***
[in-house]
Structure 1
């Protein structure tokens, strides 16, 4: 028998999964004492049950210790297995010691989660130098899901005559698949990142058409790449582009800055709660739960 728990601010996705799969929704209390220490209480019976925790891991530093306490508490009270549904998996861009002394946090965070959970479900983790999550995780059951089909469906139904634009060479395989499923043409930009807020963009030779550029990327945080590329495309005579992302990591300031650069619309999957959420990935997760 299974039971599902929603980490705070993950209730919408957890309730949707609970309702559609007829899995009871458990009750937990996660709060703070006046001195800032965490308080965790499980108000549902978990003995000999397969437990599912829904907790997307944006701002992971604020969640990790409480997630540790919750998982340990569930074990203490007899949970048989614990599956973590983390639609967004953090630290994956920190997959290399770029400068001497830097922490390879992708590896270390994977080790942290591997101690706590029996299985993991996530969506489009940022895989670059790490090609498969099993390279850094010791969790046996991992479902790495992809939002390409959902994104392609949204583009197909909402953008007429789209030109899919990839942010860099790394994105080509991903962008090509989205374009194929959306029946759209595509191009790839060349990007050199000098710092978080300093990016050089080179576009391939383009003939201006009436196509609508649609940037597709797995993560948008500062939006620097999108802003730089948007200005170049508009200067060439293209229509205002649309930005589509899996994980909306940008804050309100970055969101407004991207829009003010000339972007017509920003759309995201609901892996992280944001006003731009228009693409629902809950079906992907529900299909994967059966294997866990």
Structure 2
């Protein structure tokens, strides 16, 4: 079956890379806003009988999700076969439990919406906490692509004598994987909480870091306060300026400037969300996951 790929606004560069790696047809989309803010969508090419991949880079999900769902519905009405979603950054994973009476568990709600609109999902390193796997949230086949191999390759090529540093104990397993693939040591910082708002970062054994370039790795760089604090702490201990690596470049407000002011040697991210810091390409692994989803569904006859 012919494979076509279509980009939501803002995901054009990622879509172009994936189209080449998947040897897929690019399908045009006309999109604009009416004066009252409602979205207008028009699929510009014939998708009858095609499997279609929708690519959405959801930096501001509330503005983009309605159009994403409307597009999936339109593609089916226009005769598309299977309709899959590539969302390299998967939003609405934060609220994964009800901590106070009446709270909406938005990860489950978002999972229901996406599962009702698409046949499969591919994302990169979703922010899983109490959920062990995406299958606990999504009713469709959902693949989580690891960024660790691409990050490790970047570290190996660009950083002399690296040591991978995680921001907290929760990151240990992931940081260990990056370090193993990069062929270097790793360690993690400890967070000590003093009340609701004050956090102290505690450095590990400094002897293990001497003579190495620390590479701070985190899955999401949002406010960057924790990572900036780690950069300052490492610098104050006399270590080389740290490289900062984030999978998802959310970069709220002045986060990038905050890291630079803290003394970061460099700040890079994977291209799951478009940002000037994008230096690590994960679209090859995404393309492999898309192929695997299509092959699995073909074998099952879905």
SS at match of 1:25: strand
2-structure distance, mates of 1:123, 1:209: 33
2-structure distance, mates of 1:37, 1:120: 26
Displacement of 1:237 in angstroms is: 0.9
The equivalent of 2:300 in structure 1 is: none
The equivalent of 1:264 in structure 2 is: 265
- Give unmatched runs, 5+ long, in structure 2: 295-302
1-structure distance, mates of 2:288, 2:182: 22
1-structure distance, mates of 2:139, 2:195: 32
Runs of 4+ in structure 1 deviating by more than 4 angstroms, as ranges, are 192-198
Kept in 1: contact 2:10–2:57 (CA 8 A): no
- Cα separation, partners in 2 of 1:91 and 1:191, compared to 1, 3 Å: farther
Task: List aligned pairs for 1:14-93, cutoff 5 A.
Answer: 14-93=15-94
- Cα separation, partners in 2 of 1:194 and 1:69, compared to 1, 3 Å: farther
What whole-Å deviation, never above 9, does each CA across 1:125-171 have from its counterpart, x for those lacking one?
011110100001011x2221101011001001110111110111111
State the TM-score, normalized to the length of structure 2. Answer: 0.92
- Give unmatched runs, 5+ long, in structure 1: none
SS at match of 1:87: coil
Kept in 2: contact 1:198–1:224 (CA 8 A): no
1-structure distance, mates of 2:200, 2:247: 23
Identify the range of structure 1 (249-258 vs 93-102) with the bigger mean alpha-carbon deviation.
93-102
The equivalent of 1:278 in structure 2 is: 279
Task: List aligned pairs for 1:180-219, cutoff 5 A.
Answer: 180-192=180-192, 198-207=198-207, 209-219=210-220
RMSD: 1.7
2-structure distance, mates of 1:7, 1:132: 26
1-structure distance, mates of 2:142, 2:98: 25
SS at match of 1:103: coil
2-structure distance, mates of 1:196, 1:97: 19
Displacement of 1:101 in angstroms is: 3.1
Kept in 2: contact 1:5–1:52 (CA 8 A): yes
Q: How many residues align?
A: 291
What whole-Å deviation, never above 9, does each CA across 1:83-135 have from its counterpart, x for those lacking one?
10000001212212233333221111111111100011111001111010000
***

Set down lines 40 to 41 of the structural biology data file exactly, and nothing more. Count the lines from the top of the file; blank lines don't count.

Q: How many residues align?
A: 291